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Children and COVID-19 Research Library

UNICEF Innocenti's curated library of COVID-19 + Children research

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3751 - 3765 of 4342
Impact of COVID-19 lockdown on activity patterns and weight status among youths in China: the COVID-19 impact on lifestyle change survey (COINLICS)

AUTHOR(S)
Peng Jia; Lei Zhang; Wanqi Yu (et al.)

Published: December 2020   Journal: International Journal of Obesity

Lockdown measures including school closures due to COVID-19 may affect youths’ activity patterns and obesity status. This will be for the first time examined in China in this study on the basis of a large national sample from the COVID-19 Impact on Lifestyle Change Survey (COINLICS). Through an online questionnaire, 10,082 participants from high schools, colleges, and graduate schools, aged 19.8 ± 2.3 years, voluntarily reported their lifestyles and weight status before (January 2020) and after lockdown (April–May 2020).


Physical activity and screen time of children and adolescents before and during the COVID-19 lockdown in Germany: a natural experiment

AUTHOR(S)
Steffen C. E. Schmidt; Bastian Anedda; Alexander Burchartz (et al.)

Published: December 2020   Journal: Scientific Reports
The impact of COVID-19 on social life has been drastic and global. However, the different numbers of cases and different actions in different countries have been leading to various interesting yet unexplored effects on human behavior. In the present study, we compare the physical activity and recreational screen time of a representative sample of 1711 4- to 17-year-olds before and during the strictest time of the first COVID-19 lockdown in Germany. We found that sports activity declined whereas recreational screen time increased. However, a substantial increase in habitual physical activities leads to an overall increase in physical activity among children and adolescents in Germany. The effects differ in size but not in their direction between age groups and are stable for boys and girls. We conclude from this natural experiment that physical activity among children and adolescents is highly context-driven and mutual and does not act as a functional opposite to recreational screen time.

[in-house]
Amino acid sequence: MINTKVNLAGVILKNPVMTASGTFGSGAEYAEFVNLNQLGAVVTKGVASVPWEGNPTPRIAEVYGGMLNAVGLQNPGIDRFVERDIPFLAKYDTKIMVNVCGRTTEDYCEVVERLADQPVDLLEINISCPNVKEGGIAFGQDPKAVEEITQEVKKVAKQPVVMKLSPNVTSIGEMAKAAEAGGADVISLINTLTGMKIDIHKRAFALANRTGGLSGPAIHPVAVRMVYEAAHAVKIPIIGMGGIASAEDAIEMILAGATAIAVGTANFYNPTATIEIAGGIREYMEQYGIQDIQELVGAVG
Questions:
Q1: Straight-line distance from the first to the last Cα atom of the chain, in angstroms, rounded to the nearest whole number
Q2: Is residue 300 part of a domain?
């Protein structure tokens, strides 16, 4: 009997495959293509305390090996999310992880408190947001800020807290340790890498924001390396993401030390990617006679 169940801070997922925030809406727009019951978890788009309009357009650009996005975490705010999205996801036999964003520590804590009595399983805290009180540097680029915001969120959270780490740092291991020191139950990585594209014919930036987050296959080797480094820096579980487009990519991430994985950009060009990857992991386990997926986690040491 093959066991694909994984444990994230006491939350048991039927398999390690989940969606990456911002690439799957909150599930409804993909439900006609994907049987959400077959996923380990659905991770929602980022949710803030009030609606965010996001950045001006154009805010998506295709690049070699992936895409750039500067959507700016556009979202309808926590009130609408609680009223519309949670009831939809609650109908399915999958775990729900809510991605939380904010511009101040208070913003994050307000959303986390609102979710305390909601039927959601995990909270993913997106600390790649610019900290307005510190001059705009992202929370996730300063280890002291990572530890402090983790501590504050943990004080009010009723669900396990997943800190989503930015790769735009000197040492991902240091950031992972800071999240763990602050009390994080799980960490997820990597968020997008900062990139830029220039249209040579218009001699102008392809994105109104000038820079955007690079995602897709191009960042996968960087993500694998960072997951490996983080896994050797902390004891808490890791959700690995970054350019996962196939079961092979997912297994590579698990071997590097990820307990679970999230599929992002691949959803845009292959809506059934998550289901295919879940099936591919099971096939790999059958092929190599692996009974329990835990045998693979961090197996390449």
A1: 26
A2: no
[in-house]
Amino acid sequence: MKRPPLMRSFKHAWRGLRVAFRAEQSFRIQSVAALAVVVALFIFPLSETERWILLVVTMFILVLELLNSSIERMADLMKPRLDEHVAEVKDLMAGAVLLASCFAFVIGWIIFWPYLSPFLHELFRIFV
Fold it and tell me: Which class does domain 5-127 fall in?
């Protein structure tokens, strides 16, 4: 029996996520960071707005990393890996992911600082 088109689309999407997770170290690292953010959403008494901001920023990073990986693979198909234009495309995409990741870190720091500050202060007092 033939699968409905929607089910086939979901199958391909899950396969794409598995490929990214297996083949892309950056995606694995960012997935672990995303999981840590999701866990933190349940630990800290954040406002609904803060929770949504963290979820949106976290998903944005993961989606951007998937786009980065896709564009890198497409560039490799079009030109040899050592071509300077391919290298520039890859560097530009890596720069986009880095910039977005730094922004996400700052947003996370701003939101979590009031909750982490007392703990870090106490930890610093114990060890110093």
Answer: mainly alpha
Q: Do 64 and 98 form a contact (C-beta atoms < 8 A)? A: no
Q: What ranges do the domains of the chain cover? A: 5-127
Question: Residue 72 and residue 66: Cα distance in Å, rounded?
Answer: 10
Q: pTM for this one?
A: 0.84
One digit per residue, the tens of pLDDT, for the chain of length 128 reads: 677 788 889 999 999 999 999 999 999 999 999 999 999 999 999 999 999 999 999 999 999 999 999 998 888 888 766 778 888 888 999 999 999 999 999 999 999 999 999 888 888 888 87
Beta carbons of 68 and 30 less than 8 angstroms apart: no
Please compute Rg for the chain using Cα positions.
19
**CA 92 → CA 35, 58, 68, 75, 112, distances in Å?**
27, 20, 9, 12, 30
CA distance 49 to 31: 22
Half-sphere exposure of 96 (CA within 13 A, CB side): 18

Psychiatric disorders in children and adolescents during the COVID-19 pandemic

AUTHOR(S)
Juan David Palacio-Ortiz; Juan Pablo Londoño-Herrera; Claudia Patricia Quintero-Cadavid

Published: December 2020   Journal: Revista Colombiana de Psiquiatría

The Covid-19 pandemic has generated an unprecedented multimodal (health, occupational, economic, and social) crisis, which will impact developing countries. Confinement as a preventive measure is itself a threat that produces a social impact. Pandemic and confinement have become a psychosocial adversity factor that affects families and their children. During the pandemic, children and adolescents with a psychiatric disorder may experience exacerbation of their symptoms. However, little is known about this, since studies on this population during the pandemic are scarce. To review the data available in the current literature on the effect of the pandemic on children and adolescents with a previous psychiatric disorder.

Integrating public health ethics into shared decision-making for children during the COVID-19 pandemic

AUTHOR(S)
Angira Patel; Dalia M. Feltman; Erin Talati Paquette

Published: December 2020   Journal: The Journal of Pediatrics
This commentary examines how values typically prioritized in public health ethics such as solidarity and justice can be integrated into SDM, where the individual child's best interest and caregiver preferences are often paramount. Additionally, it suggests a framework to integrate public health ethics into the traditional shared decision-making continuum using 4 scenarios that are examined for risks, benefits, settings, and appropriate levels of directiveness.
Measuring COVID-19 related anxiety in parents: psychometric comparison of four different inventories

AUTHOR(S)
Christian Kubb; Heather M. Foran

Published: December 2020   Journal: JMIR Mental Health